Many people hear “fast food” and think the following:
- value (aka cheap to get)
- easy and fits my schedule
With increasingly busy schedules, a desire for low-cost food, and the plethora of fast food stops popping up everywhere (we have THREE McDonald’s within 3 miles of each other – who needs that?!), fast food has become a more and more common part of many people’s diets.
I won’t pretend that I NEVER eat fast food, as we eat Subway and have the very occasional Chick Fil A grilled chicken sandwich. However, I hope to avoid fast food as a staple part of our diets. I also believe it doesn’t need to (and shouldn’t) form the back bone of others’ diets. Once every few weeks is one thing. A few times a week every week is another.
So, let’s break down some of the reasons for turning to fast food.
Fast food often isn’t the cheapest meal for a family. Those “value meals” can run $3-4 minimum per person. Yet, there are plenty of meal options to make at home for cheaper than that.
- Mix up a rice and beans dish.
- Have a quick soup with some broth and a frozen mixed vegetable mix and lentils or beans.
- Eggs and a sweet potato hash.
- A box of pasta ($2) with some low-sugar, organic tomato sauce ($3), and even some quality meat ($10) could run cheaper than $16 for the meal and feed a family of four.
An easy, fresh meal can take the same amount of time to prepare as the time it takes to sit in line and order and get home from a fast food joint. So many meals can be quick and no-fuss. Believe me, I know. It’s the only way I cook. Want to know one of our meals this past week? Some hardboiled eggs mashed up with avocado and seasonings for a “healthy egg salad” sandwich along with some vegetables on the side. It cost about $10 to make that entire meal and took less than 10 minutes of “work” to cook (since I don’t really count the eggs sitting in a pot as “work”).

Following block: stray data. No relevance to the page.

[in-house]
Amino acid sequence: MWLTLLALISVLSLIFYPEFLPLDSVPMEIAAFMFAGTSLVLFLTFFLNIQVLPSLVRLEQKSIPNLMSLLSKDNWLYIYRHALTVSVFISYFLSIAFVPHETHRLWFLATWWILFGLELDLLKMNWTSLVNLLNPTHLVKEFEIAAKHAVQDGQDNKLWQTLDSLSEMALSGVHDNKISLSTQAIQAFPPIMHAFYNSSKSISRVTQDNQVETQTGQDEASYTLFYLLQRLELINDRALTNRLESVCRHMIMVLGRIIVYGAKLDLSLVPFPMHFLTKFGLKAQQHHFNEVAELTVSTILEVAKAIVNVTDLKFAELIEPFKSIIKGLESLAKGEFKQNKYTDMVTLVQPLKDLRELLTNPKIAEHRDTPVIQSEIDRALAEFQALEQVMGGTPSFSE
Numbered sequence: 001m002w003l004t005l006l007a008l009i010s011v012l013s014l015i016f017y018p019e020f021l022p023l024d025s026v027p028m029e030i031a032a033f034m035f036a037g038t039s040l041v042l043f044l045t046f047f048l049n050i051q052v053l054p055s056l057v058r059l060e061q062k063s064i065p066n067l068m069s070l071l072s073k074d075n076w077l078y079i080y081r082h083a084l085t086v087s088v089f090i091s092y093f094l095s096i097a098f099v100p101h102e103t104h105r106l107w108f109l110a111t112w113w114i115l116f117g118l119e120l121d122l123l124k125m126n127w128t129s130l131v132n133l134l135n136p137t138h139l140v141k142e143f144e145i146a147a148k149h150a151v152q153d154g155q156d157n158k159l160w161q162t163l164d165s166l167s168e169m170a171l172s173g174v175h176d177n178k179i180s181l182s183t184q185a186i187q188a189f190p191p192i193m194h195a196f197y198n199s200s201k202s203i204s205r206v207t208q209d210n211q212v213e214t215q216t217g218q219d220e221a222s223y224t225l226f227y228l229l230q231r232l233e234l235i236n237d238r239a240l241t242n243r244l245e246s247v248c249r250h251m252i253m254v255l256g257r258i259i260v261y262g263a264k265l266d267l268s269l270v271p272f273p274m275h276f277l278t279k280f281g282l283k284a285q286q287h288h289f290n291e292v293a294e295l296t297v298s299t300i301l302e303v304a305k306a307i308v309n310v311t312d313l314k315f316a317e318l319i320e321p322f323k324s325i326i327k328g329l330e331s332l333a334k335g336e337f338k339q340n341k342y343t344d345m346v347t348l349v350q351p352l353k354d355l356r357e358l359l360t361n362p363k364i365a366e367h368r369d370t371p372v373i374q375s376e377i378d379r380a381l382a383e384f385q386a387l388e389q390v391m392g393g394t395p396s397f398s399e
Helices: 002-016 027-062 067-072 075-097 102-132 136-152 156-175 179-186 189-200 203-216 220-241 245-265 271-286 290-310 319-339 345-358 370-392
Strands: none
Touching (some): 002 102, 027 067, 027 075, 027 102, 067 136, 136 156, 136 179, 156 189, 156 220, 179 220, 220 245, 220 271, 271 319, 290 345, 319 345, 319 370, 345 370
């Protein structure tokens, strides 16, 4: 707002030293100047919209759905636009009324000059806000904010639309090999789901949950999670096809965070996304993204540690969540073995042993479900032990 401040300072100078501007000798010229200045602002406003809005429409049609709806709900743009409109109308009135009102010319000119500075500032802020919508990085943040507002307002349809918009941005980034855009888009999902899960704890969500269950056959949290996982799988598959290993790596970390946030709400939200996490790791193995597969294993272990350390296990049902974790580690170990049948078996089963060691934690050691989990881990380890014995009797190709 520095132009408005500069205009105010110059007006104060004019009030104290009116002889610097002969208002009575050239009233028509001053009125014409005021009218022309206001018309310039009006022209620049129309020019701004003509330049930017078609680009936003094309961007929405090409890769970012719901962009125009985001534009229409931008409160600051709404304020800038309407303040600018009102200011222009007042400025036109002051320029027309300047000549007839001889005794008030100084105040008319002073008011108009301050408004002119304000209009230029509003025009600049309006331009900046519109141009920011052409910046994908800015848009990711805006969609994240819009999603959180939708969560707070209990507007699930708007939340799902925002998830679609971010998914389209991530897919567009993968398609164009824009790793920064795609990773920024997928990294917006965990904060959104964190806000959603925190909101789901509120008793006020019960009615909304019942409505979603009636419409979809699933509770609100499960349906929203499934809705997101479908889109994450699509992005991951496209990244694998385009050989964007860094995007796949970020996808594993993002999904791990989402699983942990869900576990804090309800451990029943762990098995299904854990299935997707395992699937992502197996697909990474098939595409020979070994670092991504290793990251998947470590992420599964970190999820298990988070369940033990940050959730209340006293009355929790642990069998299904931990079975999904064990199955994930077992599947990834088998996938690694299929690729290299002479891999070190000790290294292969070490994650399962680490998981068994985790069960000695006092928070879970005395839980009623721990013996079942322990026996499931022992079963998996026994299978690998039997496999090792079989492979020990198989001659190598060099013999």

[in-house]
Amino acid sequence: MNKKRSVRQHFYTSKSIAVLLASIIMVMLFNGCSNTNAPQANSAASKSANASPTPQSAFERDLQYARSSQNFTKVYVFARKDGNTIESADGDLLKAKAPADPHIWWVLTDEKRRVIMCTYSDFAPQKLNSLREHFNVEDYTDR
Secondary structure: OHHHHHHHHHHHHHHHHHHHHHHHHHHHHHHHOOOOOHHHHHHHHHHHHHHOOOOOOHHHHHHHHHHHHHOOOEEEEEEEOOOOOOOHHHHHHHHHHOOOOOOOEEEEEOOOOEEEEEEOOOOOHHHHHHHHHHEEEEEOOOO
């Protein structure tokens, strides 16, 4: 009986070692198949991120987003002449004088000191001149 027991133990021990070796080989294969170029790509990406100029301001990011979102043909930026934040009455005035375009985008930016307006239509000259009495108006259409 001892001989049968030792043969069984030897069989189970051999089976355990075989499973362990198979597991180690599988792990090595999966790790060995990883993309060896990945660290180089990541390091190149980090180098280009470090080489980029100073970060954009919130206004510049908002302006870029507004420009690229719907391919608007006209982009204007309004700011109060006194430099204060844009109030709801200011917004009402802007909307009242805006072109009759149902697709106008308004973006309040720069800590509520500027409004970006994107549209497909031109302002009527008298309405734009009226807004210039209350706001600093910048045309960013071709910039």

Fresh foods will not only taste good, but feel good to your body. Our bodies appreciate quality food. Foods full of grease, sugar, sodium, etc that often fill the menus at the local drive-thru won’t readily provide what our bodies need. Feed the body junk and it will feel like junk. It may be a hard habit to break, but once the body receives more quality nutrition, it will begin to crave those things. Plus, fresh tastes GOOD! It may take some creativity, but give it a try. With time, I promise you a fresh crisp apple will taste better and more satisfying than a half baked, fake apple “pie” for $1.
A few ways to make this easier to accomplish:
- Plan ahead. Know your weekly schedule and try to plan meals that fill fit that schedule. Have a filled evening? Make sure to get a soup started in the crockpot in the morning. Need a meal on the go? Pack up some sandwiches and cut up veggies or fruit in a cooler to go. You can also pre-prep foods to use one day of the week to have ready for meals the rest of week – chop veggies, pre-cook chicken or meats or beans to toss in dishes, hard boil eggs, make a big batch of oatmeal/quinoa/rice/etc, and the list goes on!
- Research recipes. Get online and you can find a world of resources dedicated to healthy meal ideas for cheap or re-creating old favorites in a healthier way.
- Find favorites. Healthy foods exist that you like. Know what they are and make them readily available. Eventually, you may find yourself branching out even more, but as you get used to eating less “Combo #2”, make sure you’re subbing it with a healthy option you enjoy.
- Use coupons. Buy less meat. Meal plan around sale items. There are plenty of ways to cut down on expenses for groceries. I’m not an expert by any means, but doing just the above (and I’m not a coupon master by any stretch of the imagination) has kept us at budget every month ($100/week for a family of four with fresh,whole foods the emphasis).
Your Turn – How often do you stop for fast food? Any tips or meal ideas you have to share?